- Full-time practitioners needed: 19.39 (North Spokane), 18.97 (Southeast Spokane)
- HPSA score: 15 (North Spokane), 15 (Southeast Spokane)

Before the pandemic, there were more than 62,000 registered nurses working in Washington. Another 30,000 were licensed to work there, but did not, according to an analysis by the University of Washington Center for Health Workforce Studies. Finding enough registered nurses for long-care facilities was already difficult before the coronavirus began. In 2020, the state’s nursing commission issued 3,857 of what are called temporary practice permits, which allow nurses to work while background checks are completed.

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#5. Maui County, Hawaii

- Full-time practitioners needed: 23.50
- HPSA score: 14

Maui County has a physician shortage of 43%, according to a 2020 Hawaii Physician Workforce Assessment. Statewide, there are 2,812 full-time physicians, which falls short of the 3,529 that are needed. The Hawaii Physician Shortage Crisis Task Force was formed in 2019 to find solutions to the problem. Among Hawaii’s physicians, 46% are 55 or older, while 21% are 65 and older. Some have deferred retirement because of the coronavirus.

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#4. Webb County, Texas

- Full-time practitioners needed: 24.93
- HPSA score: 17

The shortage of primary care physicians across Texas is expected to reach 3,375 by 2030, an increase of 67% since 2017, according to research by the Texas Department of State Health Services. The greatest need will be for those practicing general internal medicine. The Rio Grande Valley is expected to be short 722 primary care doctors by 2030, and as a result, 32% of need will be unmet. An increase in the number of doctors would not alone solve the problem because of the way they are distributed throughout the state, with a particular divide between urban and rural areas.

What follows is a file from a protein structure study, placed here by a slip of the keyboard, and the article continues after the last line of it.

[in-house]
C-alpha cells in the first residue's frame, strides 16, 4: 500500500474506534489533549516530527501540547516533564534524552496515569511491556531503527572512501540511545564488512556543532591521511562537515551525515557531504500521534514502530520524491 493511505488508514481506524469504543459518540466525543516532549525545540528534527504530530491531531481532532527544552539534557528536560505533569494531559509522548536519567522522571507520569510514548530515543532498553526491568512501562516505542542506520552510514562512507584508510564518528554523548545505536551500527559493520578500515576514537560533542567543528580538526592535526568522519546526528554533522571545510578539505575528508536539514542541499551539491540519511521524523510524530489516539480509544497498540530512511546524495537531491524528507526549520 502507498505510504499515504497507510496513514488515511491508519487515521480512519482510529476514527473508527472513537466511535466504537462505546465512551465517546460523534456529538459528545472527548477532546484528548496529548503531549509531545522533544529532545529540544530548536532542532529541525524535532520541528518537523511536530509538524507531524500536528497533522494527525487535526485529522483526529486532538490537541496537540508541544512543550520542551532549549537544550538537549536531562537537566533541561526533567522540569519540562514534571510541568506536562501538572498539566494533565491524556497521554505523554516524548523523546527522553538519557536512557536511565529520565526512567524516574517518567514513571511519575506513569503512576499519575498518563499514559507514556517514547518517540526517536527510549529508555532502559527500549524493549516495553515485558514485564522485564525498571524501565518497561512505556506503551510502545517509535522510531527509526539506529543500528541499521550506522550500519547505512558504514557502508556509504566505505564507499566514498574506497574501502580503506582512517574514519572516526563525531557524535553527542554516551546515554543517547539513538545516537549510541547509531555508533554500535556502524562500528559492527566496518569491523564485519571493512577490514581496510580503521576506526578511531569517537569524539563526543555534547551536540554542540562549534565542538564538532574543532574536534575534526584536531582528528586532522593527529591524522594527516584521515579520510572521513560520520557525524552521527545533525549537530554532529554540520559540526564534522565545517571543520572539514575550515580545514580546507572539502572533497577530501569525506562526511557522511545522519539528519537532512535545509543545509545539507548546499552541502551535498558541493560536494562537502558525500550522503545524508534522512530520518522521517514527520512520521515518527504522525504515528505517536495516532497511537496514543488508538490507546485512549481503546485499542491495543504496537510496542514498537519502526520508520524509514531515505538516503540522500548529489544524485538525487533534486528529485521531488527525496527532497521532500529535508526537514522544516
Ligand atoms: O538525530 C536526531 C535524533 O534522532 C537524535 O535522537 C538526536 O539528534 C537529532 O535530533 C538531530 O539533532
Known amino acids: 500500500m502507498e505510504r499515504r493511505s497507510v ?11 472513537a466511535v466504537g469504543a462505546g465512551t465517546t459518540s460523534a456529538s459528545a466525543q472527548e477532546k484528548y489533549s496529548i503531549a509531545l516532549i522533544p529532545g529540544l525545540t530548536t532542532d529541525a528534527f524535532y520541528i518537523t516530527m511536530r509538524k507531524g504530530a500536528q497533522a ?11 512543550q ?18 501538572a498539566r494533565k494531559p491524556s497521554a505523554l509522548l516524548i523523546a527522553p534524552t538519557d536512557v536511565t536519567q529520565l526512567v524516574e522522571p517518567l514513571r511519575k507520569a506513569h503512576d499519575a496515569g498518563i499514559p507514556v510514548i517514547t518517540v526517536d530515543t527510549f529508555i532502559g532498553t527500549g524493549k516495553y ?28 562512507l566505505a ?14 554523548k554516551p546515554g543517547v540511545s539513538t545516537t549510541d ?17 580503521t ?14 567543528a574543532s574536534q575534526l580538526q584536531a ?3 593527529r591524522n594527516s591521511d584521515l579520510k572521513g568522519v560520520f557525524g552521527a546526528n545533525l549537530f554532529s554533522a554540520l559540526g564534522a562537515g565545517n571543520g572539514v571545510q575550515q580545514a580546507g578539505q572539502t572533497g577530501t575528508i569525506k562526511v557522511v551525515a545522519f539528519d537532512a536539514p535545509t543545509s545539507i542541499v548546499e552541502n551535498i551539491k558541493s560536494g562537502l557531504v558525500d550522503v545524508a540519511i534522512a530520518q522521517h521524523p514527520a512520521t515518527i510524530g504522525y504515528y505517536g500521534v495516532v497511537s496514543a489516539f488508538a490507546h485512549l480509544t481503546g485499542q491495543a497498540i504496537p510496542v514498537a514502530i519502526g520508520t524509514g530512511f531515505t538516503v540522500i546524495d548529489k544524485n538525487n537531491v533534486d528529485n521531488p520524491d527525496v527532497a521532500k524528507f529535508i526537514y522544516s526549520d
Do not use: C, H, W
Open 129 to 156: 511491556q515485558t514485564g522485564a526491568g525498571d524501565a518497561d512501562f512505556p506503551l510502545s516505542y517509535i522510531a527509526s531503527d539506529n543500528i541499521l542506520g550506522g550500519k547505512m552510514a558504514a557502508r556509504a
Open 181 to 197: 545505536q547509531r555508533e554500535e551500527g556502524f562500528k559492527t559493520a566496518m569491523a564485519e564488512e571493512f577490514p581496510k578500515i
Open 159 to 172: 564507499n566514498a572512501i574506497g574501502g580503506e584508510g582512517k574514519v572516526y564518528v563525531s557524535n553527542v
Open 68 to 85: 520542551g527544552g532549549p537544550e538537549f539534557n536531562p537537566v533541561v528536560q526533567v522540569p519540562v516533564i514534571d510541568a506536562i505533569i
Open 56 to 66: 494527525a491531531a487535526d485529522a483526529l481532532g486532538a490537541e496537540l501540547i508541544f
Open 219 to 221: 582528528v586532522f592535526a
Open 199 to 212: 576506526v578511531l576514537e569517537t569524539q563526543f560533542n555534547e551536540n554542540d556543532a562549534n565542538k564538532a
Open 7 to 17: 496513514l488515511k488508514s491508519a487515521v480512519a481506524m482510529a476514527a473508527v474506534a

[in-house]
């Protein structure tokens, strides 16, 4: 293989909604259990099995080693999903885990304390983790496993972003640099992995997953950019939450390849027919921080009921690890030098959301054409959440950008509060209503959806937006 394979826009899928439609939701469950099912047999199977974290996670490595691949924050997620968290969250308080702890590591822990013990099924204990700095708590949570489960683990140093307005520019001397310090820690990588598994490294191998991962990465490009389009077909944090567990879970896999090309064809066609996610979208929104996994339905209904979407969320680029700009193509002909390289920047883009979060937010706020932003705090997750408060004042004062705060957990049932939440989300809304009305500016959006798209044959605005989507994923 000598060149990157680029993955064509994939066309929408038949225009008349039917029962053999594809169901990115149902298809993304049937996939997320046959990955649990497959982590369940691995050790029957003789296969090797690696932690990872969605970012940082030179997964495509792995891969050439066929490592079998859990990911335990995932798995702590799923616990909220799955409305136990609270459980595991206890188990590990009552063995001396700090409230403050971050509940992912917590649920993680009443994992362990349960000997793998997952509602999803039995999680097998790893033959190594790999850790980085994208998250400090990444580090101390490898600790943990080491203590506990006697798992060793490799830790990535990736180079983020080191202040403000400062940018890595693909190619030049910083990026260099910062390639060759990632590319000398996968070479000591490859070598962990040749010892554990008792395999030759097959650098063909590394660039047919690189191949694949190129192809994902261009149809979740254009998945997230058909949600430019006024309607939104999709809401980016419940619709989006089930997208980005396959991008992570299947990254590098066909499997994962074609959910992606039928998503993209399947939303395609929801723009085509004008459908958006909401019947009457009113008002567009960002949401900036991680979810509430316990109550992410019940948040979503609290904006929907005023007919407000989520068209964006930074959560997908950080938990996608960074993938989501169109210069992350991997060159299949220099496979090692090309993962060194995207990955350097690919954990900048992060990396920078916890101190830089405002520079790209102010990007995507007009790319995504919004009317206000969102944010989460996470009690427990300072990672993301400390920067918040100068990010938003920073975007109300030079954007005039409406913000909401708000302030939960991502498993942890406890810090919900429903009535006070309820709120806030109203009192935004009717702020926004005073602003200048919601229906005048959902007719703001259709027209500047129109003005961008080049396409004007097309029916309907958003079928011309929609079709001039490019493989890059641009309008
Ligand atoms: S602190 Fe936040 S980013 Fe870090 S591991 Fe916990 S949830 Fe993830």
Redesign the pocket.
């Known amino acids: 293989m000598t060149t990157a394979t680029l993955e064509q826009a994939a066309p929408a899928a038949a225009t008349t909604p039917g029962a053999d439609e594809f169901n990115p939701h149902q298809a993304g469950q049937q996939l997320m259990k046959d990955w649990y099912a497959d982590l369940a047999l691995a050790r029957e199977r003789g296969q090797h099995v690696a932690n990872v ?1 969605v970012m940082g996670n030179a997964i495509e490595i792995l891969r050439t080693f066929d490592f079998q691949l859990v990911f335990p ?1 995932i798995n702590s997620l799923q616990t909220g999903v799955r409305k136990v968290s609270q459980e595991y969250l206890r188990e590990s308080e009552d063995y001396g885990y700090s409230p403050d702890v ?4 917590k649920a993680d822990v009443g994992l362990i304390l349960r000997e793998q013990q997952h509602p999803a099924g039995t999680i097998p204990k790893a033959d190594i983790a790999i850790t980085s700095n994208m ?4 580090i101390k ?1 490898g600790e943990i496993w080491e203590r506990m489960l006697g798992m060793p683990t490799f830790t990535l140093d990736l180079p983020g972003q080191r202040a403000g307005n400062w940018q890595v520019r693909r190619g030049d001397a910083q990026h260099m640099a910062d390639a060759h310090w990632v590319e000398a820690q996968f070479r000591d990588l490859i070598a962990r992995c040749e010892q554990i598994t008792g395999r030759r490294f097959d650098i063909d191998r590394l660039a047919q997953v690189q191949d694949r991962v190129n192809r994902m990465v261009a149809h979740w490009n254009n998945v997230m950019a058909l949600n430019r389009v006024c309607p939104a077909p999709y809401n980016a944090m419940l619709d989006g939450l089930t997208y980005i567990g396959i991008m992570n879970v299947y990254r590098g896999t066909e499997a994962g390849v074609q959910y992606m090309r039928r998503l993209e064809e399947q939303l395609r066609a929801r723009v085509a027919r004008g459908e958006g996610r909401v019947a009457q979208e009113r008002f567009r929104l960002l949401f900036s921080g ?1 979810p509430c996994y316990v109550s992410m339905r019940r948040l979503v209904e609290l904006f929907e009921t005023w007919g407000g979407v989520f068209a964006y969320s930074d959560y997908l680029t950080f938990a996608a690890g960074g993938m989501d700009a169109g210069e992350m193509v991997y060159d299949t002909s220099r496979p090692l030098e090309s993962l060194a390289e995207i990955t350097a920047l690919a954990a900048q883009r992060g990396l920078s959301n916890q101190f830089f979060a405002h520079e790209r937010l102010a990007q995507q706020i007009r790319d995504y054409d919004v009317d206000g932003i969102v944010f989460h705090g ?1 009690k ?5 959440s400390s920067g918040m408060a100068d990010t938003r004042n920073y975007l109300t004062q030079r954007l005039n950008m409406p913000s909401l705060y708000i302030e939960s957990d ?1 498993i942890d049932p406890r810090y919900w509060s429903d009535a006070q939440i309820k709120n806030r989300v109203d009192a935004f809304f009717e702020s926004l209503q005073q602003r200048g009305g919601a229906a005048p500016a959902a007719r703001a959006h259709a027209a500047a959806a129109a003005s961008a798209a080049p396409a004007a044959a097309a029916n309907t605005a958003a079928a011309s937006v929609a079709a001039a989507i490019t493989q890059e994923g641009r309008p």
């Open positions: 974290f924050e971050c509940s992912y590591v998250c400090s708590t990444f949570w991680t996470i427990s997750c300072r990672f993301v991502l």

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#3. Hawaii County, Hawaii

- Full-time practitioners needed: 29.13
- HPSA score: 15

Hawaii County has 53% fewer doctors than similar-sized communities on the mainland United States, according to a 2020 Hawaii Physician Workforce Assessment. It has 287 fewer doctors than it needs, the biggest shortage in the state. Over the past year, across the state, 110 doctors have retired, 139 have moved and 120 worked shorter hours. Hawaii is the only state that taxes Medicare benefits, and only one of two that taxes health care services.

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#2. Paulding County, Georgia

- Full-time practitioners needed: 29.55
- HPSA score: 12

Paulding County had fewer than one hospital bed for every 1,000 residents, according to a 2016 study from the Georgia Budget and Policy Institute. On a per-capita basis, the state’s total health care spending placed it third from last in the country. The state’s 211 doctors per 100,000 residents are not distributed evenly, meaning 141 of its 159 counties are below the state average. That trend also is true for nurses and physician assistants.

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#1. Colfax County, New Mexico

- Full-time practitioners needed: 52.24
- HPSA score: 21

The University of New Mexico is putting $30 million toward a new nursing and population health building, part of an effort to address a shortage of 6,000 nurses statewide. The 2019 New Mexico Health Care Workforce Committee recommended providing $6 million for tuition-free training for medical students at public universities who promise to practice in New Mexico. It also recommended doubling funding for the loan-for-service programs for doctors, nurses, and allied health professionals. More than  850,000 New Mexicans live in areas in which there is a shortage of dentists and other dental health professionals, including Colfax County.